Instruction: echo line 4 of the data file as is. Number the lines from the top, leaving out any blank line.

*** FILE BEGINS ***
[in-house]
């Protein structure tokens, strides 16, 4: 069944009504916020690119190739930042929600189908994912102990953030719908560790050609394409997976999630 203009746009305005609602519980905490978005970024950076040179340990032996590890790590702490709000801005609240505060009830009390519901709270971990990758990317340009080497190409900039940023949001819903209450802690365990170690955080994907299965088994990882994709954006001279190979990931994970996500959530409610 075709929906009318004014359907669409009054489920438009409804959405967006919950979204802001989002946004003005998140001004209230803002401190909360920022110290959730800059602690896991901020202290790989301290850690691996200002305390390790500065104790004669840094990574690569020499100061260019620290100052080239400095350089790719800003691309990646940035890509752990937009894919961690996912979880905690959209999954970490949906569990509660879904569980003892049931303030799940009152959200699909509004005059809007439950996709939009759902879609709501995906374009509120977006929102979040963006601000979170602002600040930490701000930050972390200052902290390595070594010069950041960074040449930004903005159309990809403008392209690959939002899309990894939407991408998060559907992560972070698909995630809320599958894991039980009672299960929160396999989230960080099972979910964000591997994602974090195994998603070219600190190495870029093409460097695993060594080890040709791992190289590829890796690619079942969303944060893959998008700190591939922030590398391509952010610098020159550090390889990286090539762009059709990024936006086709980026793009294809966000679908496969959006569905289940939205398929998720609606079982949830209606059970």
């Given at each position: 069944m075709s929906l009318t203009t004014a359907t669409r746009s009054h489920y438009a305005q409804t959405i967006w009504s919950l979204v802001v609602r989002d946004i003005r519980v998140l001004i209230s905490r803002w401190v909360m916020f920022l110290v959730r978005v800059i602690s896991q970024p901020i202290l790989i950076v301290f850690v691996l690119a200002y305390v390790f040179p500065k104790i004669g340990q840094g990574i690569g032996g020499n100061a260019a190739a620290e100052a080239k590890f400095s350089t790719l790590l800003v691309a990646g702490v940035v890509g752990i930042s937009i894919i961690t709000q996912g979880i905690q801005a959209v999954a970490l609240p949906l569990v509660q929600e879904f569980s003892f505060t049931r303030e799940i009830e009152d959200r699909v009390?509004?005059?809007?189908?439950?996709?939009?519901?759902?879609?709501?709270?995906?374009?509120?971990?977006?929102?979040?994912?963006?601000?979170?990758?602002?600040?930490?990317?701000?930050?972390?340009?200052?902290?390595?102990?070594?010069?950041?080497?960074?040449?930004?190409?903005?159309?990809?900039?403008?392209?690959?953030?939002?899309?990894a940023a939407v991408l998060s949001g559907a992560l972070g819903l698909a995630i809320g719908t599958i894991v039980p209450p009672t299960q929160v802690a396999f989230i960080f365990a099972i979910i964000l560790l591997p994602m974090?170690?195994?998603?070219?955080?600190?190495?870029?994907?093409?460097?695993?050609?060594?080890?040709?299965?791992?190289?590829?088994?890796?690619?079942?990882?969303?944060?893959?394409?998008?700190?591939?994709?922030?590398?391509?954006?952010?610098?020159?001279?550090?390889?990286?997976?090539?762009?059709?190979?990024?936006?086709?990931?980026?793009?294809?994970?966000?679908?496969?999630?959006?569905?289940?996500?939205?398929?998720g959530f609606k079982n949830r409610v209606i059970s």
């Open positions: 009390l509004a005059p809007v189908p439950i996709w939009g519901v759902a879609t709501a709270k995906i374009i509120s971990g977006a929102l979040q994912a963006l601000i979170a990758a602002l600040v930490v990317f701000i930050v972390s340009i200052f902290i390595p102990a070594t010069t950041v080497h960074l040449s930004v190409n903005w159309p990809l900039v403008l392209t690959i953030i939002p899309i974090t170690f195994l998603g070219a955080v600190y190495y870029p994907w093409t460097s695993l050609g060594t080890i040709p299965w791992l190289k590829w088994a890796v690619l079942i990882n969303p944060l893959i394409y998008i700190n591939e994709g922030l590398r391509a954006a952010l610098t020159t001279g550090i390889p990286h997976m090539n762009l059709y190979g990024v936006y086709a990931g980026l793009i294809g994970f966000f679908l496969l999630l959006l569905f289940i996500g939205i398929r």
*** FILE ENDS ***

């Open positions: 009390l509004a005059p809007v189908p439950i996709w939009g519901v759902a879609t709501a709270k995906i374009i509120s971990g977006a929102l979040q994912a963006l601000i979170a990758a602002l600040v930490v990317f701000i930050v972390s340009i200052f902290i390595p102990a070594t010069t950041v080497h960074l040449s930004v190409n903005w159309p990809l900039v403008l392209t690959i953030i939002p899309i974090t170690f195994l998603g070219a955080v600190y190495y870029p994907w093409t460097s695993l050609g060594t080890i040709p299965w791992l190289k590829w088994a890796v690619l079942i990882n969303p944060l893959i394409y998008i700190n591939e994709g922030l590398r391509a954006a952010l610098t020159t001279g550090i390889p990286h997976m090539n762009l059709y190979g990024v936006y086709a990931g980026l793009i294809g994970f966000f679908l496969l999630l959006l569905f289940i996500g939205i398929r």